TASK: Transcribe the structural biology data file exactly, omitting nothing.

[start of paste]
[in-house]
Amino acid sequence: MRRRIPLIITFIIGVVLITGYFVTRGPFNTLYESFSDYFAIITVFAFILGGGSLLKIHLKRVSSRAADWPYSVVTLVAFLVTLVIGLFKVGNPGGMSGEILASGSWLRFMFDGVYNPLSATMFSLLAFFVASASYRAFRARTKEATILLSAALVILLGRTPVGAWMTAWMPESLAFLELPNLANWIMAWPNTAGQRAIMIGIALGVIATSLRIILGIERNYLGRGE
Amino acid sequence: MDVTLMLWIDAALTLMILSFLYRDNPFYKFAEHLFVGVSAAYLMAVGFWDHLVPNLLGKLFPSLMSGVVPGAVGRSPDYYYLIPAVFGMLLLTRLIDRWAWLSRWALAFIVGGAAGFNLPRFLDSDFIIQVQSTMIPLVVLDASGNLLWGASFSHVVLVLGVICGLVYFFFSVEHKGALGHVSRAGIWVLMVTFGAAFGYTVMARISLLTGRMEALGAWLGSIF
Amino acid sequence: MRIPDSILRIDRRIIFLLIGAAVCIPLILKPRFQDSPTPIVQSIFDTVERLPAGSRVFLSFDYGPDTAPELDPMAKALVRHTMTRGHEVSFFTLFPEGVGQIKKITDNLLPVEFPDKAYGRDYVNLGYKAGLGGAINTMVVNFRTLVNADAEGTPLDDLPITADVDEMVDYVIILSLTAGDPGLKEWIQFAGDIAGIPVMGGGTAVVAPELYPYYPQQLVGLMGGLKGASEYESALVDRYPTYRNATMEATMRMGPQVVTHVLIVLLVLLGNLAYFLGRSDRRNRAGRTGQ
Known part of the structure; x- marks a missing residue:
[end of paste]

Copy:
[in-house]
Amino acid sequence: MRRRIPLIITFIIGVVLITGYFVTRGPFNTLYESFSDYFAIITVFAFILGGGSLLKIHLKRVSSRAADWPYSVVTLVAFLVTLVIGLFKVGNPGGMSGEILASGSWLRFMFDGVYNPLSATMFSLLAFFVASASYRAFRARTKEATILLSAALVILLGRTPVGAWMTAWMPESLAFLELPNLANWIMAWPNTAGQRAIMIGIALGVIATSLRIILGIERNYLGRGE
Amino acid sequence: MDVTLMLWIDAALTLMILSFLYRDNPFYKFAEHLFVGVSAAYLMAVGFWDHLVPNLLGKLFPSLMSGVVPGAVGRSPDYYYLIPAVFGMLLLTRLIDRWAWLSRWALAFIVGGAAGFNLPRFLDSDFIIQVQSTMIPLVVLDASGNLLWGASFSHVVLVLGVICGLVYFFFSVEHKGALGHVSRAGIWVLMVTFGAAFGYTVMARISLLTGRMEALGAWLGSIF
Amino acid sequence: MRIPDSILRIDRRIIFLLIGAAVCIPLILKPRFQDSPTPIVQSIFDTVERLPAGSRVFLSFDYGPDTAPELDPMAKALVRHTMTRGHEVSFFTLFPEGVGQIKKITDNLLPVEFPDKAYGRDYVNLGYKAGLGGAINTMVVNFRTLVNADAEGTPLDDLPITADVDEMVDYVIILSLTAGDPGLKEWIQFAGDIAGIPVMGGGTAVVAPELYPYYPQQLVGLMGGLKGASEYESALVDRYPTYRNATMEATMRMGPQVVTHVLIVLLVLLGNLAYFLGRSDRRNRAGRTGQ
Known part of the structure; x- marks a missing residue: